Fuelling 2050: The Road Forward

The Conference Board of Canada, 42 pages, January 13, 2022
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How realistic are Canada’s aspirations for net-zero GHG emissions? With less than 30 years left to 2050, we explored what an achievable pathway looks like for the transportation sector.

Document Highlights

  • Getting to net zero requires decoupling emissions from economic growth and the energy use it embodies. For the transportation sector, this challenge is daunting.
  • Canada’s transportation sector accounts for about 29 per cent of greenhouse gas emissions, half of which come from passenger cars and other light-duty vehicles.
  • By 2050, Canada’s transportation energy mix will still be dominated by oil and gas, but their share will drop by about a third from today’s 90 per cent. The magnitude of that drop will depend on new liquid fuels, gas, and electricity technologies, and consumer behaviour changes.
  • This transition goes beyond switching to electric. It means reimagining urban spaces, increasing mobility options, supporting public transit, and investing in urban planning.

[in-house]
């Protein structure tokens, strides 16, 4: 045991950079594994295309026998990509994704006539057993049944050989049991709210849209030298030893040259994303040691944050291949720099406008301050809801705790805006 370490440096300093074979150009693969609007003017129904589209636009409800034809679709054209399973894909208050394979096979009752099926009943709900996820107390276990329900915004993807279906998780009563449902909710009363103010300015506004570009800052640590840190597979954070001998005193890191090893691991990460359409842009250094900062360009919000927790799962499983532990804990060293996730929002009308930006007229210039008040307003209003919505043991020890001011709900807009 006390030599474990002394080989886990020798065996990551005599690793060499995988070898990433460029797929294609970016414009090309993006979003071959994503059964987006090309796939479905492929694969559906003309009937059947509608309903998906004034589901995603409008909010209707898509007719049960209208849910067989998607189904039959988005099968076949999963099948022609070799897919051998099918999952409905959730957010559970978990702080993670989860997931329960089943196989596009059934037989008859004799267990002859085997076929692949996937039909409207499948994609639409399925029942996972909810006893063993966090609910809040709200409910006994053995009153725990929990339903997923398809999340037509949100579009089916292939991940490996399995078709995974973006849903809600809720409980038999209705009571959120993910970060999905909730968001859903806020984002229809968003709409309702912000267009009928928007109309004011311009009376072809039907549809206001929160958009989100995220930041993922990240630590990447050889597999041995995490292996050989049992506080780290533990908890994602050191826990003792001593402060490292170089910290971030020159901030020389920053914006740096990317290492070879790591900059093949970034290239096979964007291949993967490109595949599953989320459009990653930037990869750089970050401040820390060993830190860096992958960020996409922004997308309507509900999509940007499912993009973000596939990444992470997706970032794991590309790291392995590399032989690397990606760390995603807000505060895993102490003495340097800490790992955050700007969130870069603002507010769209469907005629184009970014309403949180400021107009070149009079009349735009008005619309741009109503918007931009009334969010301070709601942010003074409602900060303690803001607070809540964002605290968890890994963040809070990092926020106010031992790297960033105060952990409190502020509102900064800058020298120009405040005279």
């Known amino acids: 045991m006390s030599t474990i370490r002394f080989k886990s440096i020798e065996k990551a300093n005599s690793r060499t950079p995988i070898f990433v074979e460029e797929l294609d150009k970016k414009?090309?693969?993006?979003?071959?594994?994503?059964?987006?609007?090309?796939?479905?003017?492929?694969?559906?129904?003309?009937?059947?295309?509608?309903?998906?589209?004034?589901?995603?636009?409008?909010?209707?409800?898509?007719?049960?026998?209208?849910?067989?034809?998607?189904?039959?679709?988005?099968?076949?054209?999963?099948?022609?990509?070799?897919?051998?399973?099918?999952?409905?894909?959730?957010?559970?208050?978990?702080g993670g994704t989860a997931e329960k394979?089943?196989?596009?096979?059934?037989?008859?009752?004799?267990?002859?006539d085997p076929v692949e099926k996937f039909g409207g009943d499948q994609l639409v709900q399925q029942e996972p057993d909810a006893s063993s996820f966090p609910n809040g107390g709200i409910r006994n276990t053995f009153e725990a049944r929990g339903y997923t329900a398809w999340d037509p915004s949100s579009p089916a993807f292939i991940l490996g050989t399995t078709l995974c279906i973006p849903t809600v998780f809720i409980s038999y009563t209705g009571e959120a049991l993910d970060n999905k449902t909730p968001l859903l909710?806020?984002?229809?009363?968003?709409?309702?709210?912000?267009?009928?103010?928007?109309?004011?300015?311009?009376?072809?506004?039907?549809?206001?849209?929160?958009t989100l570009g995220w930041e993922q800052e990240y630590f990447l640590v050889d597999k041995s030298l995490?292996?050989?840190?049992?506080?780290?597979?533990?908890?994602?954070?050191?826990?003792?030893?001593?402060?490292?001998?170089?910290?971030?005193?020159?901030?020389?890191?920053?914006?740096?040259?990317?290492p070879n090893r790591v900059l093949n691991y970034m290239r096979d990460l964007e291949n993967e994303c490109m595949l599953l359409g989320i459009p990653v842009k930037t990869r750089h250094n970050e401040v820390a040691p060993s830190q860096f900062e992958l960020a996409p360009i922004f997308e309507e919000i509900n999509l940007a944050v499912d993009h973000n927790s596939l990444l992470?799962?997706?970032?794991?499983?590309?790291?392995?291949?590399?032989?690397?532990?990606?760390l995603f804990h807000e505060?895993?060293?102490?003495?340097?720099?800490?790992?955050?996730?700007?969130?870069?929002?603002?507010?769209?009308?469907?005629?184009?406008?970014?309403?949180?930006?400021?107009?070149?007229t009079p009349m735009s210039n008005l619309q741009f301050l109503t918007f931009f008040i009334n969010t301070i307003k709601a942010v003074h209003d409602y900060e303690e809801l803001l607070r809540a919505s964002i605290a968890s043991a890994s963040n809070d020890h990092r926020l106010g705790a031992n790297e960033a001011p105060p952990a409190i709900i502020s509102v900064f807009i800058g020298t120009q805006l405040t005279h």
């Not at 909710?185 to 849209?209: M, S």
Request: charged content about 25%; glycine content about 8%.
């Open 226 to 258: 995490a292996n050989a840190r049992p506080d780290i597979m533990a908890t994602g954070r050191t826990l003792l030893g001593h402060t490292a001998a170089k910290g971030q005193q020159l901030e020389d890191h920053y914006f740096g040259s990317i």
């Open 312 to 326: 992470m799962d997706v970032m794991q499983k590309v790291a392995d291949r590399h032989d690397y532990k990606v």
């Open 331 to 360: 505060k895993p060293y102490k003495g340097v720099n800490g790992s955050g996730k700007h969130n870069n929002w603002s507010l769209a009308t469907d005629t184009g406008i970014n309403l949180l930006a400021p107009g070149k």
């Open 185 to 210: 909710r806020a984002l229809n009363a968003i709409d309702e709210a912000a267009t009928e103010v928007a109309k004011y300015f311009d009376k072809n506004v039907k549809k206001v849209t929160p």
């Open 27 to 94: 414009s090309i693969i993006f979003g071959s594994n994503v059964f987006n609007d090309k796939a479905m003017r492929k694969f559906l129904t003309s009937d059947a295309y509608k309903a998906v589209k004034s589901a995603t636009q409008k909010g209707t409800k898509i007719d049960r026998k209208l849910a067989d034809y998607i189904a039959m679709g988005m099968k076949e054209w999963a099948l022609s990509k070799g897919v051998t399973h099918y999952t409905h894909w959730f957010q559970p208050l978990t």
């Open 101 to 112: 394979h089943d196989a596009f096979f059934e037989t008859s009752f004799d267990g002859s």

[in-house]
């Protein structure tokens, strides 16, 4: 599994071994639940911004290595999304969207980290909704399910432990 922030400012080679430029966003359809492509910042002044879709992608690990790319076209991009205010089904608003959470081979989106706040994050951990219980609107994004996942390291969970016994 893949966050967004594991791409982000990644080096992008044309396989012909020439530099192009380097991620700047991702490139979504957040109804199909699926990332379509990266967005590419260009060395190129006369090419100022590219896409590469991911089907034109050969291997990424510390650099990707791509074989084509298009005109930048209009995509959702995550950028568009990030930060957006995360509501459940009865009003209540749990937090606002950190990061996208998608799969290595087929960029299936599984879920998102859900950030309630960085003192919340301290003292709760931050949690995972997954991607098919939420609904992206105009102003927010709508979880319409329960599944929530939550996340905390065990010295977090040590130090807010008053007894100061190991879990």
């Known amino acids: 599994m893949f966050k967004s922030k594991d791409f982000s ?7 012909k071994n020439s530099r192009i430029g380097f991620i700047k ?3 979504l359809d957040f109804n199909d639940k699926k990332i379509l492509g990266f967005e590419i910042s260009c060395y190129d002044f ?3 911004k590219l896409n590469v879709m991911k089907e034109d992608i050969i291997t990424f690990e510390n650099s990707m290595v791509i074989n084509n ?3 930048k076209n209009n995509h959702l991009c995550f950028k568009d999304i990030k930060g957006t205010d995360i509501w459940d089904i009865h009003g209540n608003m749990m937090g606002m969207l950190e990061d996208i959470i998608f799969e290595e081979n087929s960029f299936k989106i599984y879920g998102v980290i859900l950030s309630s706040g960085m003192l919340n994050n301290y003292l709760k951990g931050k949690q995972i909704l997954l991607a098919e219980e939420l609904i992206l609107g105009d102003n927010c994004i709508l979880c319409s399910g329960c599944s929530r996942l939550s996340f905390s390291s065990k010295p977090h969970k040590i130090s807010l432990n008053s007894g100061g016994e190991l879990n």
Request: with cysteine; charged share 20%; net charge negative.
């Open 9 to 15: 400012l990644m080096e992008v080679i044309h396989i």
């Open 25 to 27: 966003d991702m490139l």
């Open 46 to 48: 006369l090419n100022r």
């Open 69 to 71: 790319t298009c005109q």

• An achievable pathway should be viewed through a sustainability lens—including realistic costing of impacts; support for Canadians’ social fabric and standard of living; and climate change objectives that are economically and scientifically sound.

Table of Contents

Key Findings
Today’s Transportation Snapshot
The Road Forward—Transitioning to 2050
Current and Future Energy Mix
Case Study: Electric Passenger Vehicles
Case Study: Hydrogenation-Derived Renewable Diesel (HDRD)
Canada’s Transportation Sector in 2050

Appendix A—Methodology

Appendix B—Core Assumptions of Energy Scenarios for Canada

Appendix C—Attributes of Energy Vectors

Appendix D—Bibliography

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